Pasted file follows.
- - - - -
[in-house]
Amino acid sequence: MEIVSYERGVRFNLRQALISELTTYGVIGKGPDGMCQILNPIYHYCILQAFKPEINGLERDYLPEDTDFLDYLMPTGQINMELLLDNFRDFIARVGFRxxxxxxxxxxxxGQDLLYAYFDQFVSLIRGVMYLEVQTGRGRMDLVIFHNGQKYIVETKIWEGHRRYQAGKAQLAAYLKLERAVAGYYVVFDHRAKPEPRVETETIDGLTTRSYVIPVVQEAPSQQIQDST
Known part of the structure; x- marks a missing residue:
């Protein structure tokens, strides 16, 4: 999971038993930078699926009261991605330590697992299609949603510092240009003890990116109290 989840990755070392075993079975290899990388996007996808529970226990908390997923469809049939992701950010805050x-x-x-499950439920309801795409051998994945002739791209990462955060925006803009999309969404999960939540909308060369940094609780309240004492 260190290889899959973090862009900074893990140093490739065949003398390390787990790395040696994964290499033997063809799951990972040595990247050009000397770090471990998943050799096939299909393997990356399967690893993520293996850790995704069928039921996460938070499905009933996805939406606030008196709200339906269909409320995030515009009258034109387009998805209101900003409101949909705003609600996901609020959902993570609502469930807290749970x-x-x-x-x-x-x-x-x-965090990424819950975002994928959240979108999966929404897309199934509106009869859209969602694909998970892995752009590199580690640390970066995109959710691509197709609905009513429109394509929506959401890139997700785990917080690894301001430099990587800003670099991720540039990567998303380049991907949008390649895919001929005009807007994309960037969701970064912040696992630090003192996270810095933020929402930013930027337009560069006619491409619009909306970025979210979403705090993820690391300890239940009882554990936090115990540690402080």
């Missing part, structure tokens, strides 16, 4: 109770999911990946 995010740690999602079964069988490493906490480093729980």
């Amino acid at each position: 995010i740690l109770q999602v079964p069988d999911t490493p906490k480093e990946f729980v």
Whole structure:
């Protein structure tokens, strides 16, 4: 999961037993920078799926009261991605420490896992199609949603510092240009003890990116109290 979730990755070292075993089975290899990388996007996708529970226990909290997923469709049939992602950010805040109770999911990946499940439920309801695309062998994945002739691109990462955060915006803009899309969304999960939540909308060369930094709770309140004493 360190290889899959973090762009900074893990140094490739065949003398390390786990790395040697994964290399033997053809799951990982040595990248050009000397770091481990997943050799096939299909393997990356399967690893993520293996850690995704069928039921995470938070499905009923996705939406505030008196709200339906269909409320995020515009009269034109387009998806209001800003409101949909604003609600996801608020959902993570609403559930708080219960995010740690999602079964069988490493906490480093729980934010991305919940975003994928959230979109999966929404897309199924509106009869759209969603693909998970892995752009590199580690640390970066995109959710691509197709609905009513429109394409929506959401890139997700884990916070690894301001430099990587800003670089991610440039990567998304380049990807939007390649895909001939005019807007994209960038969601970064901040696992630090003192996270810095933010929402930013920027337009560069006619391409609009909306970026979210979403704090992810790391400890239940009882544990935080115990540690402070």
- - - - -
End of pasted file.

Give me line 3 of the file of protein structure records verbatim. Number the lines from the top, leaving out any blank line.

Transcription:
Known part of the structure; x- marks a missing residue: